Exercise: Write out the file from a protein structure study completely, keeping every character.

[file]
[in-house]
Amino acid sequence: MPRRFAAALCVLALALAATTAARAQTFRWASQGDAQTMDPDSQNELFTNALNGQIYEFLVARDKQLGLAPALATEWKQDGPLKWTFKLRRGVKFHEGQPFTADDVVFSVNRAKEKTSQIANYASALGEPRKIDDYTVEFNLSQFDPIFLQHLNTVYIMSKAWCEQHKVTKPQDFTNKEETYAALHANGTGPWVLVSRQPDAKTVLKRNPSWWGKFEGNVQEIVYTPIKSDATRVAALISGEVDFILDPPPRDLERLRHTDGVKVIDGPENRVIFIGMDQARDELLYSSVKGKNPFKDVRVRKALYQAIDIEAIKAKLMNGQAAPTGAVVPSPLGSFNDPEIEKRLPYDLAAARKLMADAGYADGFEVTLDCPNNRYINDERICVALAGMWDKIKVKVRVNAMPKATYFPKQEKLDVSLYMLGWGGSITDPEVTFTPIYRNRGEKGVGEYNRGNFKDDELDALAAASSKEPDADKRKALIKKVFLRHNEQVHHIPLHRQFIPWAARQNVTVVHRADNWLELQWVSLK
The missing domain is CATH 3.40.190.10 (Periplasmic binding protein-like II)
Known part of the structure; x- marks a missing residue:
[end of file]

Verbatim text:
[in-house]
Amino acid sequence: MPRRFAAALCVLALALAATTAARAQTFRWASQGDAQTMDPDSQNELFTNALNGQIYEFLVARDKQLGLAPALATEWKQDGPLKWTFKLRRGVKFHEGQPFTADDVVFSVNRAKEKTSQIANYASALGEPRKIDDYTVEFNLSQFDPIFLQHLNTVYIMSKAWCEQHKVTKPQDFTNKEETYAALHANGTGPWVLVSRQPDAKTVLKRNPSWWGKFEGNVQEIVYTPIKSDATRVAALISGEVDFILDPPPRDLERLRHTDGVKVIDGPENRVIFIGMDQARDELLYSSVKGKNPFKDVRVRKALYQAIDIEAIKAKLMNGQAAPTGAVVPSPLGSFNDPEIEKRLPYDLAAARKLMADAGYADGFEVTLDCPNNRYINDERICVALAGMWDKIKVKVRVNAMPKATYFPKQEKLDVSLYMLGWGGSITDPEVTFTPIYRNRGEKGVGEYNRGNFKDDELDALAAASSKEPDADKRKALIKKVFLRHNEQVHHIPLHRQFIPWAARQNVTVVHRADNWLELQWVSLK
The missing domain is CATH 3.40.190.10 (Periplasmic binding protein-like II)
Known part of the structure; x- marks a missing residue: